On 11 June the Senate agreed to a Government motion to suspend in respect of four Bills the order of the Senate relating to the automatic adjournment of Bills received after 30 May to the August sittings. In the event only one of those Bills, the Fertilisers (Subsidy) Amendment Bill 1986, was dealt with before the Senate rose for the winter long adjournment. The other three Bills, the Inspector‑General of Intelligence and Security Bill 1986 and related Bills, remained to be considered in the next period of sittings, it having been indicated that a considerable number of amendments will be moved to those Bills.


Senator Hamer, on 13 June, the last day of the sittings, failed by one vote to carry a motion to refer a number of Bills to standing committees for consideration during the winter long adjournment. Senator Hamer argued that, since the Bills would not be considered by the Senate until the budget sittings, the proposed references to the committees would not involve any delay in the passage of the Bills. The chairmen of the committees, however, indicated an inability to accept the references. The failure of the motion is a setback to plans by Senator Hamer and the Opposition to refer more Bills to committees.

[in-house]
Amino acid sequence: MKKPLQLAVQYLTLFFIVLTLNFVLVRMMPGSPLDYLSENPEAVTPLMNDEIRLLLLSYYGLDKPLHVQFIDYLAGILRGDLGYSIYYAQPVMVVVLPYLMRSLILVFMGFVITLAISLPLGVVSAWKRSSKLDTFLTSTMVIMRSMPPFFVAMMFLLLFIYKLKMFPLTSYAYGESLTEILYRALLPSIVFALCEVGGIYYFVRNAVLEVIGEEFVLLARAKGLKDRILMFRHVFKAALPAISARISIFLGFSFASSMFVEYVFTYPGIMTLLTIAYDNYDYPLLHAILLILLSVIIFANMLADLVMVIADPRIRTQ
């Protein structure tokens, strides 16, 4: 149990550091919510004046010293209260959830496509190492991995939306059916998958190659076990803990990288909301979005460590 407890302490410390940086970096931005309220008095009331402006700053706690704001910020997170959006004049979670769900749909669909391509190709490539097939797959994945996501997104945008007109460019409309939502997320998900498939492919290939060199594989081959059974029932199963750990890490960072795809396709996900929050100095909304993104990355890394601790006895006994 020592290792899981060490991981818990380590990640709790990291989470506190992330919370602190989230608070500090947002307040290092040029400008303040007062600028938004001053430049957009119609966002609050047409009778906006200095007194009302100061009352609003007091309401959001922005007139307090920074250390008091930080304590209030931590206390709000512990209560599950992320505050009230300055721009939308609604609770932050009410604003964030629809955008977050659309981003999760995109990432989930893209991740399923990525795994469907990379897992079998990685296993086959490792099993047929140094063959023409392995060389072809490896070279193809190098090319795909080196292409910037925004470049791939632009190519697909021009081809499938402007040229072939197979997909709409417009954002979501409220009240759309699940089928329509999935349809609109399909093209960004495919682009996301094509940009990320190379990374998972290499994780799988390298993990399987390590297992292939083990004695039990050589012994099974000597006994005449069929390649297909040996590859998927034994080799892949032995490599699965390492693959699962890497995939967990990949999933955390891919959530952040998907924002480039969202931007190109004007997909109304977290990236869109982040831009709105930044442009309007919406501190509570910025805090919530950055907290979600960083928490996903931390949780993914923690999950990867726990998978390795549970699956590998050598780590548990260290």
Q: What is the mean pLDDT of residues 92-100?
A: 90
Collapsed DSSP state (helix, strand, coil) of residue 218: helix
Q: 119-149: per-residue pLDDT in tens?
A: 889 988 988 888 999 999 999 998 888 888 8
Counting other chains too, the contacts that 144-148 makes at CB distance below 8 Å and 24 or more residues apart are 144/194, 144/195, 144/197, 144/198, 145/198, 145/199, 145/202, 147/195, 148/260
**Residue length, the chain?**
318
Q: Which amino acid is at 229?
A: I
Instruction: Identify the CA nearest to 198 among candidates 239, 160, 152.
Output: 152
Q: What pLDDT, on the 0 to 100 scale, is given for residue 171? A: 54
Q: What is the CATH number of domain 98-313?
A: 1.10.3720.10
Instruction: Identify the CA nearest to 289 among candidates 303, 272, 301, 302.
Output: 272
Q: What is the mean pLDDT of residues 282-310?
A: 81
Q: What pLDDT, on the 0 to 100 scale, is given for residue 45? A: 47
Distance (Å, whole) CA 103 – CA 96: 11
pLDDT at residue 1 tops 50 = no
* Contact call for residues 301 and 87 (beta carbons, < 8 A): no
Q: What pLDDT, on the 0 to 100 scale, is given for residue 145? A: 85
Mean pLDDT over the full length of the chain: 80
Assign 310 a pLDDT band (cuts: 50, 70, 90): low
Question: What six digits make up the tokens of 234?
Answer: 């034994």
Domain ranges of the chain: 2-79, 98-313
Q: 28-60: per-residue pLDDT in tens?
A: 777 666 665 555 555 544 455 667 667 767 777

On the same day Senator Messner moved a motion to refer to the Standing Committee on Finance and Government Operations matters relating to taxation appeals, matters which had arisen during the consideration of the Taxation Boards of Review (Transfer of Jurisdiction) Bill 1986, which Senator Messner had on 4 June unsuccessfully attempted to refer to the Committee. The motion was adjourned until 17 September 1986, at the suggestion of the Chairman of the Committee.


Senator Chaney on 4 June gave a series of unusual contingent notices of motion designed to allow him to move for the suspension of Standing Order 407B to overcome the restrictions imposed by that Standing Order in the process commonly known as a guillotine. The notices were contingent on a Minister moving the various motions to put a guillotine in place and the Chair declaring the expiration of the time allowed by a guillotine. In the event no attempt was made by the Government to impose a guillotine in relation to any Bills, so the notices remained untested.